Encryption and Hashing differences and use cases
One of the most common misunderstanding among beginners (and sometimes even IT professionals) is the difference between encryption and Hashing. Let’s take this as a good chance to make things clear.
Encryption and Hashing
As the introduction paragraph stated, this is one of the most common misconception in the IT world. Now they’re both ways to hide something (information in this case) but how are they different? Simply put it this way: one way hides things but enable successive retrieval while the other hides things but makes retrieval almost impossible. The first one is encryption, the second one hashing.
Hashing is a way to hide information and make them unreadable by everyone. What does this mean? If I hash the string test with a hashing algorithm like md5 I will get 098f6bcd4621d373cade4e832627b4f6 . This result is “almost unique” and no matter how many times I try to run md5 with test as input: I will always get the same output. The output is also usually fixed-size meaning it won’t grow with the input. When I said almost unique it means that the probability that two inputs produce the same output is low. This phenomenon is named collision. The possibility of collision is virtually impossible to avoid, but it is normally negligible. Stronger algorithms are usually associated with a lower chance of collision. Here are some of the most known hash functions are: CRC, CRC32, MD5, SHA1, SHA256, RIPEMD160.
Hash functions have few uses but they are really important:
- Store password: so that only the user knows what the real password is. Using a hash function to store a password is always a good idea: if an attacker gets access to a database he will have a hard time trying to recover the passwords from the various hash-es. On the other side the user will be able to log in by typing his password and having it re-hashed and compared with the stored hash.
- Identify files: another common use for hashing is identifying files. If I run a hash function passing an entire file it will always produce the same output. This is particularly useful when distributing software. For example if you want to download a Linux distribution, chances are you will also get the file checksum (either md5 or SHA*) so that you can check if your file has been altered or damaged during download.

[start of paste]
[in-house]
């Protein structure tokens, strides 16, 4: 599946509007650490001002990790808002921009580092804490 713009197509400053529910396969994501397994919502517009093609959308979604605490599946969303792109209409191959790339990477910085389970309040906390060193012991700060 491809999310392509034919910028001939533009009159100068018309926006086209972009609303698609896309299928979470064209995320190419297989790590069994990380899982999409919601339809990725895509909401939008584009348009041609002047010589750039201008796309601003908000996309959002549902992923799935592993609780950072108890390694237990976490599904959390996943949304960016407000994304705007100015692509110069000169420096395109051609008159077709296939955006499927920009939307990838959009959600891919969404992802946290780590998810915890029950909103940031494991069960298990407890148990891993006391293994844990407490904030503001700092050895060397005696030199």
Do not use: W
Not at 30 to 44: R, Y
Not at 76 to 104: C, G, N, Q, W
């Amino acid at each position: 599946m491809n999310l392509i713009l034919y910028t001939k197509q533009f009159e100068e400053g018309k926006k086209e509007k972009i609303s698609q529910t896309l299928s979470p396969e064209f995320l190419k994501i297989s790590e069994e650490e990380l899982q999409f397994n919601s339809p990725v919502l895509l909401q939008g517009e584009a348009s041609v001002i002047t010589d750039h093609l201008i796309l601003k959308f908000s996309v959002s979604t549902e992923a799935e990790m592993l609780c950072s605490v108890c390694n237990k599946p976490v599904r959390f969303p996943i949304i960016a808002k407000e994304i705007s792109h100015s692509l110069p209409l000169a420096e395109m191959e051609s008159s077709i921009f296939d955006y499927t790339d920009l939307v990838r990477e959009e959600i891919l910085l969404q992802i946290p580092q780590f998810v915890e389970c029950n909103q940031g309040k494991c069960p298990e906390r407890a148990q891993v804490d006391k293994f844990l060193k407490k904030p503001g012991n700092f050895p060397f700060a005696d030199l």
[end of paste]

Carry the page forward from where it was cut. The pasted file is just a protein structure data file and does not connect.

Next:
- Partitioning data: another common use for hash function is partition data. If you use hash to identify where data are stored you get hash partitions. This concept is quite complicated and it is used by even more complicated solutions like databases. A good example is OpenStack Swift.
On the other side, encryption makes retrieval possible (but difficult) thanks to the concept of keys. Imagine a room with only one door, and inside of this room you put a family photo, when you exit you lock the door with a key. That process is much similar to encryption: only the ones possessing the key can access. Now go on and duplicate that key and then give it to your family: they too will get access. This process is known symmetric encryption, there is also asymmetric encryption but I will talk about this in another article since it is much more complicated.
Encryption is widely used in IT:
- Channel Encryption: one of the most common uses for encryption is in the web. When you see HTTPS instead of HTTP in the address bar of your browser you are using an encrypted channel to communicate. This kind of encryption is both symmetric and asymmetric depending on the phase you are in. SSL/TLS are a good example of this.
- Files Encryption: another common use for encryption is simply encrypting files: if you want your files to be hidden from the eyes of the others you just encrypt them. There are many software around this concept like TrueCrypt (and its successor VeraCrypt) or even Microsoft BitLocker.
- Digital signature: through the use of asymmetric encryption it is possible to sign and verify messages and even emails. Prominent examples are GPG and PGP.
- Ransomware: 2016 is the year of the “ransomware”, a particular malware that encrypts everything on a computer and asks for ransom to get the files back. Ransomware makes use of encryption to hold files until the ransom has been paid.
Next time you face the problem, think twice. So let’s recap:
- Encryption: makes retrieval possible using keys. Difficult otherwise. There are two main ways to perform encryption: symmetrical and asymmetrical.
- Hashing: retrieval from the output is very difficult. Hash usually are fixed-size. Hashing the same data will produce the same hash.
Image courtesy of r2hox
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